Offline Warren Platts

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Re: The Reaction Engines Skylon Master Thread
« Reply #1110 on: 10/31/2012 06:24 PM »
@ Bob: I agree a numerical simulation is the only way to settle the issue, and that they've probably actually looked at that. Next time Mr. Hempsell pops in, hopefully, he can weigh in on the issue. Not that it's a big deal, but I'd like a little input before I go buying any land on that big plateau east of Quito I found on Google Earth! ;)

@ 93413: I agree you can't just subtract the altitude--the savings is marginal--less than 5% no doubt, yet its real and maybe worth taking into account, other things being equal. One thing, if you're starting from 5 km up already, the drag you're going to experience as you accelerate to supersonic speeds is going to be significantly less.
"Once you have tasted flight, you will forever walk the earth with your eyes turned skyward, for there you have been, and there you will always long to return.--Leonardo Da Vinci

Offline 93143

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Re: The Reaction Engines Skylon Master Thread
« Reply #1111 on: 11/01/2012 07:11 PM »
One thing, if you're starting from 5 km up already, the drag you're going to experience as you accelerate to supersonic speeds is going to be significantly less.

The thrust will be significantly less too.  The flight profile is tailored to produce optimal engine performance over the substantial range of airspeeds seen by the intake.  Start the thing cold at the altitude at which it expects Mach 1.2 and you may be disappointed with the results.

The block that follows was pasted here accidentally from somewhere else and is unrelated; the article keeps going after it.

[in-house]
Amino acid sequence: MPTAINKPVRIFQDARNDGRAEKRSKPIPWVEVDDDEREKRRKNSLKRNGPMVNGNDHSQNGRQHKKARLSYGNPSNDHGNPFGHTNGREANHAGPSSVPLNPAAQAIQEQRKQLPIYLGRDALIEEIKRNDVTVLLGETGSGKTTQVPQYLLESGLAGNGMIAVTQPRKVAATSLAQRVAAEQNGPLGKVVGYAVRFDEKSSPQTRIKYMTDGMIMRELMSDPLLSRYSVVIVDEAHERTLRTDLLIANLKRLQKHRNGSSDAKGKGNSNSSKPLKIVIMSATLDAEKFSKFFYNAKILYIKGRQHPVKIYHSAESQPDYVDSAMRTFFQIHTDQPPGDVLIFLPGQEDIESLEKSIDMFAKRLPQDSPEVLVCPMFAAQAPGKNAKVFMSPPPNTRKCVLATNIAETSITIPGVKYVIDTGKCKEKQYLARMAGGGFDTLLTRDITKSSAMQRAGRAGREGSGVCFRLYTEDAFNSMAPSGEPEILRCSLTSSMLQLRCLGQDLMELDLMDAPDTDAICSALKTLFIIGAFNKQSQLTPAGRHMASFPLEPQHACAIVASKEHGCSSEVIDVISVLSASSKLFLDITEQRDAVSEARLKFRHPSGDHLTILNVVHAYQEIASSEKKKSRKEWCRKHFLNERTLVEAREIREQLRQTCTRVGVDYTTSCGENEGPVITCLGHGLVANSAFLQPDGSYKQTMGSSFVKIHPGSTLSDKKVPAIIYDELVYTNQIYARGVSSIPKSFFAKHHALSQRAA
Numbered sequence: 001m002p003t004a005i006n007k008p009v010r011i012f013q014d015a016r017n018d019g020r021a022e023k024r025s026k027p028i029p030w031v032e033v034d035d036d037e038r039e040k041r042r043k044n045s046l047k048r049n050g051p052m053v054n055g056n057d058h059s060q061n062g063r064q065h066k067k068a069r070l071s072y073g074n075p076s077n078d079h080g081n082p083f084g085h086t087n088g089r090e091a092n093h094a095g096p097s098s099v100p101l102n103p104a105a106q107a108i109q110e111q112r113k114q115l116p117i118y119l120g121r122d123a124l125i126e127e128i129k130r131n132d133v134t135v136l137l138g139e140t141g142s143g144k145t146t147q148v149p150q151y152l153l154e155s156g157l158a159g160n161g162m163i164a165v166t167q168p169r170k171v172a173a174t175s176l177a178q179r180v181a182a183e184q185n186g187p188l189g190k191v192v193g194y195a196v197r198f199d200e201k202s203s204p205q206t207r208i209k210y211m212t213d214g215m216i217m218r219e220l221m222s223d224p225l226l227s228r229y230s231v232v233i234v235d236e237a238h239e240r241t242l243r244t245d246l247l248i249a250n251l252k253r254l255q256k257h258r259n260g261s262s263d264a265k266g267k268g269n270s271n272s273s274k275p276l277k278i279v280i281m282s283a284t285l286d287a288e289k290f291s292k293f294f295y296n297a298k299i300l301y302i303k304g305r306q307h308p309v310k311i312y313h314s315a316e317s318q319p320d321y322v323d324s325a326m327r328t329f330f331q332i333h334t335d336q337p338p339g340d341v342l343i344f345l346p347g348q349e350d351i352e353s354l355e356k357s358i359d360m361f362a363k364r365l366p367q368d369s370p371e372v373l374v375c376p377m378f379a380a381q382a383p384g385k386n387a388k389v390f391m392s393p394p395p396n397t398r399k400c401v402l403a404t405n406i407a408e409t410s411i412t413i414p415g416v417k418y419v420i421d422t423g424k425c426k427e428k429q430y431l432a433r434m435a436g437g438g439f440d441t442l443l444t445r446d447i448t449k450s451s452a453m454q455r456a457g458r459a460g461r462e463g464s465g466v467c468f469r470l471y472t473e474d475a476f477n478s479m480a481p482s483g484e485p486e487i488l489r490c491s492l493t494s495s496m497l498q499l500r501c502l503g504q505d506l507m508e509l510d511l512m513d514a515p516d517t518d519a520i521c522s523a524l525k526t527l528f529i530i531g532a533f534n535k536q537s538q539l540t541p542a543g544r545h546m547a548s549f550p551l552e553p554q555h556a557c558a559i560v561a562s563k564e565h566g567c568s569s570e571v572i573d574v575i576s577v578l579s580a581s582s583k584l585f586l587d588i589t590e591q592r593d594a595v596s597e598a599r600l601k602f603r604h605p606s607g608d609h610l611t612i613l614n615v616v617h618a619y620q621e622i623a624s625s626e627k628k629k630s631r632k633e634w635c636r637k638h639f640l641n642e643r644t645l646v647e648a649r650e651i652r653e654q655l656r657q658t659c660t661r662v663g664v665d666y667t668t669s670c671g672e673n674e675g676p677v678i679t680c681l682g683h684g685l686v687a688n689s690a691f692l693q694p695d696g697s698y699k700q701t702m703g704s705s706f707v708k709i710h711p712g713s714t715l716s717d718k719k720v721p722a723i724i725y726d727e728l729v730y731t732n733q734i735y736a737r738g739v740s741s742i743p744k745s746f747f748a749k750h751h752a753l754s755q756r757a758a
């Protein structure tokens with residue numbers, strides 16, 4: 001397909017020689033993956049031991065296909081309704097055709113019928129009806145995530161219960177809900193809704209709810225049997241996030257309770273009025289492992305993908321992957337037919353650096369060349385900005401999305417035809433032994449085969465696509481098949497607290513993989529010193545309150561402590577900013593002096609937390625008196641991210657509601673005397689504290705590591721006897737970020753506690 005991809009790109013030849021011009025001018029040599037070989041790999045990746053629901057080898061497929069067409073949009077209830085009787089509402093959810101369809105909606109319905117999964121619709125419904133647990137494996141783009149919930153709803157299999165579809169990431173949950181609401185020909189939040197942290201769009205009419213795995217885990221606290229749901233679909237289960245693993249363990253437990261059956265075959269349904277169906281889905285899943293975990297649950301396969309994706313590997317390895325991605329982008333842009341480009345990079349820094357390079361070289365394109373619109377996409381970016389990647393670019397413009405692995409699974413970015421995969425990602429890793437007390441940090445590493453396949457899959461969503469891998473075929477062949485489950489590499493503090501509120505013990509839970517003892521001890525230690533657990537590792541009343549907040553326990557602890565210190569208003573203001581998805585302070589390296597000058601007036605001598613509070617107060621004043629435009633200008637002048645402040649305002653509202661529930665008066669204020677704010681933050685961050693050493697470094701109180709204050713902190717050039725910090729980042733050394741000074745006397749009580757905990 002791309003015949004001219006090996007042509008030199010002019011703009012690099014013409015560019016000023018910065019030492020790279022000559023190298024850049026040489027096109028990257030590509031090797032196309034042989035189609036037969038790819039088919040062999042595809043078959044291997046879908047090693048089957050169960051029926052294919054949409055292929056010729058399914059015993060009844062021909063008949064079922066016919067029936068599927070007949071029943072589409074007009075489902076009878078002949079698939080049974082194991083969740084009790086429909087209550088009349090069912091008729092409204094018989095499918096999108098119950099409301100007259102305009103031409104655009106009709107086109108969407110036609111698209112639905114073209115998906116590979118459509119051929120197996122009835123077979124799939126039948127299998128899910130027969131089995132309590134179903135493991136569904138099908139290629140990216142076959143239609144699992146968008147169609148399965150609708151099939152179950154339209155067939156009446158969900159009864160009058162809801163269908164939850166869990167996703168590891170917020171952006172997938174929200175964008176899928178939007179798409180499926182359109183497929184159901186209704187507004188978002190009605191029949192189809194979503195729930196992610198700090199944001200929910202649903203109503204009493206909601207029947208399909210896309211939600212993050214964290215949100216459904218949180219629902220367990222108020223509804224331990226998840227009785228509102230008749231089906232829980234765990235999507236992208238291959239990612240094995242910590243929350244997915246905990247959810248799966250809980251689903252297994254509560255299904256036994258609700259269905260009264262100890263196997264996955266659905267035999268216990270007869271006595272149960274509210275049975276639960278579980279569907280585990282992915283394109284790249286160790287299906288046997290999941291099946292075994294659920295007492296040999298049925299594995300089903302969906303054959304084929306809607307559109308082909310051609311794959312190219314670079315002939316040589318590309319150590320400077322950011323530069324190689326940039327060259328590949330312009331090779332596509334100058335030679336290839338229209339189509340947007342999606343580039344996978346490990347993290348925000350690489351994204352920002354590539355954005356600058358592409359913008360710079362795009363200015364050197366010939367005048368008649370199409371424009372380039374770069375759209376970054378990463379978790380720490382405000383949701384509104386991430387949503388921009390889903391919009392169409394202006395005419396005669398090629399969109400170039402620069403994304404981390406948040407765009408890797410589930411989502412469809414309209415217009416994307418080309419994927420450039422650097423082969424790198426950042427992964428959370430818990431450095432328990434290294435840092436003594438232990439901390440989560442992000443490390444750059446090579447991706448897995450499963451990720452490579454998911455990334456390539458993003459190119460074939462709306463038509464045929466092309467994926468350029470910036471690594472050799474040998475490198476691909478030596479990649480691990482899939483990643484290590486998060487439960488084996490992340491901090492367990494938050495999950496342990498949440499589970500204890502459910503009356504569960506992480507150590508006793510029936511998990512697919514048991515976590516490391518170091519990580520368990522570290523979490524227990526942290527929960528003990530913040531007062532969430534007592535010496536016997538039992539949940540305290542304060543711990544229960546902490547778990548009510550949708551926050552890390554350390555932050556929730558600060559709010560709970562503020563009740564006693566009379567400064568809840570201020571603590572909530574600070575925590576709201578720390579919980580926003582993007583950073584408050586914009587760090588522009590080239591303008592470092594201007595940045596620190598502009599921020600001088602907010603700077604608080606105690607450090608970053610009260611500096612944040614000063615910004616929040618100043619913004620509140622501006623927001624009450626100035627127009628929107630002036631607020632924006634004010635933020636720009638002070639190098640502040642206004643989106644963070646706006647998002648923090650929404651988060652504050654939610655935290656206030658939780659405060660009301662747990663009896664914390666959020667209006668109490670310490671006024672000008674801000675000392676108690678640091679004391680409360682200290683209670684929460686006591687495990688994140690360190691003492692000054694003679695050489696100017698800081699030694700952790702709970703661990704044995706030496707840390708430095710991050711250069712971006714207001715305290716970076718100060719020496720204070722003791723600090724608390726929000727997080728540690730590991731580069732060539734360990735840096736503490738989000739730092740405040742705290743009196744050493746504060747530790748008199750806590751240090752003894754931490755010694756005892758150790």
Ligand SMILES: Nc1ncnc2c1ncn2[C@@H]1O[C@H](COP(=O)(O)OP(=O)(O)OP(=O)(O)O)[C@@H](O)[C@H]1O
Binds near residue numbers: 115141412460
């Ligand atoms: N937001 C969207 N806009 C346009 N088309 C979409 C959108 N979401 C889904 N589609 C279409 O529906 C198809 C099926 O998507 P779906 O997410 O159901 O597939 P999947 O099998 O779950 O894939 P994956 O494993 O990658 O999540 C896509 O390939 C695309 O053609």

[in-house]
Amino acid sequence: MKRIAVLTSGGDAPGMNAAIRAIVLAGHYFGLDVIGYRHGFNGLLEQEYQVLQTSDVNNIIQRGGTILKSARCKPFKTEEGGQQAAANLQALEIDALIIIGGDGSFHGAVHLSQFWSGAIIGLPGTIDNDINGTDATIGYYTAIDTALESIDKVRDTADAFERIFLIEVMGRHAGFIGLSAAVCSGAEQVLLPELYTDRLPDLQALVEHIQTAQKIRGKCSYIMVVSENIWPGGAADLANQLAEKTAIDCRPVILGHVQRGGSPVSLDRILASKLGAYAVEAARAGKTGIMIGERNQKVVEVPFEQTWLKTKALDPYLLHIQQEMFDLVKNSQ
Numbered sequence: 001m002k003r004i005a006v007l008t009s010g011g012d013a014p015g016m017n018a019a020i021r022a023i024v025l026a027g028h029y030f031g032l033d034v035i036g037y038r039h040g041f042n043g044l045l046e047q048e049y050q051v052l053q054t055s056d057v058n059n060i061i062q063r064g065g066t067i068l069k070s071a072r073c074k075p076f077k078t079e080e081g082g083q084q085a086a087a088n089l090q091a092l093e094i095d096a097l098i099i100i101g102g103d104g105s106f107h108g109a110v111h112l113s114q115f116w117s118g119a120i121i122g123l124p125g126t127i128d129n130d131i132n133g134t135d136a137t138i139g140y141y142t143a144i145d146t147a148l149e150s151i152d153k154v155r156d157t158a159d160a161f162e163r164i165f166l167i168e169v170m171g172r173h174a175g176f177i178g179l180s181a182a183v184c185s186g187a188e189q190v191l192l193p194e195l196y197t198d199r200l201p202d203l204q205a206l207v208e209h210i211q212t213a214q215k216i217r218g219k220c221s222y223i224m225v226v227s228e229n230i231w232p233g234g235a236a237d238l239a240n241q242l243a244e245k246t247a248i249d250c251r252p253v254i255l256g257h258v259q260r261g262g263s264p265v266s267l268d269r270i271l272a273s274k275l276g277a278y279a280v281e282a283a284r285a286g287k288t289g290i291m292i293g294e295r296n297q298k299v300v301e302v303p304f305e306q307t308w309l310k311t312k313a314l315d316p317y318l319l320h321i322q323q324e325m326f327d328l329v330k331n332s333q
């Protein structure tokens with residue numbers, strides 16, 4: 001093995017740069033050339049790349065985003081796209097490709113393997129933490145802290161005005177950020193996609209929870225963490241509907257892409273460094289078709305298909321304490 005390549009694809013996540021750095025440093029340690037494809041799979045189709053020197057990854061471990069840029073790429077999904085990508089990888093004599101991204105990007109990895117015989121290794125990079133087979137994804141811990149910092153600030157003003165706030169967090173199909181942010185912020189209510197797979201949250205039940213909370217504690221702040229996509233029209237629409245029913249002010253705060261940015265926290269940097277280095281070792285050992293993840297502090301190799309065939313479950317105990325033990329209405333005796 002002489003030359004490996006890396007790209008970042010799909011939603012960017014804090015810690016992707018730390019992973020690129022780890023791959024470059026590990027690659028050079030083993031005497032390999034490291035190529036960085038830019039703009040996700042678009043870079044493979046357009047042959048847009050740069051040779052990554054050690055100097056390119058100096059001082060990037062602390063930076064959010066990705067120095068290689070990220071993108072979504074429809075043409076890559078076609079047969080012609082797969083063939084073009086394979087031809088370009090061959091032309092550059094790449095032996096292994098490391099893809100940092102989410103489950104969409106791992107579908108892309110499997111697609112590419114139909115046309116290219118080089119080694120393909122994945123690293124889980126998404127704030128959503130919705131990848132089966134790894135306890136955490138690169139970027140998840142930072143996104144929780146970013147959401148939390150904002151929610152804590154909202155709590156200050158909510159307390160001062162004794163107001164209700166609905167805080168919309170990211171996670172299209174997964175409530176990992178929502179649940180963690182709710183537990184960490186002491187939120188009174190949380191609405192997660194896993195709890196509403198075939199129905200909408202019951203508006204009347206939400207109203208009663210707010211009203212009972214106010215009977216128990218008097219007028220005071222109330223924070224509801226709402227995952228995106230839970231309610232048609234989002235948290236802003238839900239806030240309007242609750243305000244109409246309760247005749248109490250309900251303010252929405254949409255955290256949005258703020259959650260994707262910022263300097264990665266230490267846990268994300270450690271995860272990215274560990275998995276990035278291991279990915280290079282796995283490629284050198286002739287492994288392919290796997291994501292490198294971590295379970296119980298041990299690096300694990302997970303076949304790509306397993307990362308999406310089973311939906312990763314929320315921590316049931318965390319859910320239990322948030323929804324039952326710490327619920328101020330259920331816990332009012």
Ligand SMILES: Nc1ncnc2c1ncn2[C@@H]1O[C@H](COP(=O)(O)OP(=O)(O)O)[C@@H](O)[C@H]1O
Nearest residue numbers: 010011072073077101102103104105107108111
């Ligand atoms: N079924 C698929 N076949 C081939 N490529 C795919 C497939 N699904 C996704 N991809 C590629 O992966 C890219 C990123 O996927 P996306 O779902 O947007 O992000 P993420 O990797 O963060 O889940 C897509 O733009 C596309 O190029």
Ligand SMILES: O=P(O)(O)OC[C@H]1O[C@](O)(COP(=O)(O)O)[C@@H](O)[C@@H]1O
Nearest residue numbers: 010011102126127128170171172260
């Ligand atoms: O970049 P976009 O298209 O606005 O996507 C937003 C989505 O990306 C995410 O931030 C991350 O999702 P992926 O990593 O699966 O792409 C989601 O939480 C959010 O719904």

I agree, of course, that an actual answer would require an actual analysis (or at least a response from someone sufficiently expert to genuinely see the answer as obvious, if such a person exists).

Offline MP99

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Re: The Reaction Engines Skylon Master Thread
« Reply #1112 on: 11/01/2012 07:38 PM »
But, if you ran cargo or passenger SKYLON flights to a resort hotel in a polar, sun-synchronous orbit (which has advantages from the point of view of visitors always having a view of the Earth lit up in daylight)

Night views from ISS seem spectacular. Would be disappointing to go to orbit and not see that.

cheers, Martin

Offline BobCarver

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Re: The Reaction Engines Skylon Master Thread
« Reply #1113 on: 11/01/2012 09:04 PM »
But, if you ran cargo or passenger SKYLON flights to a resort hotel in a polar, sun-synchronous orbit (which has advantages from the point of view of visitors always having a view of the Earth lit up in daylight)

Night views from ISS seem spectacular. Would be disappointing to go to orbit and not see that.

cheers, Martin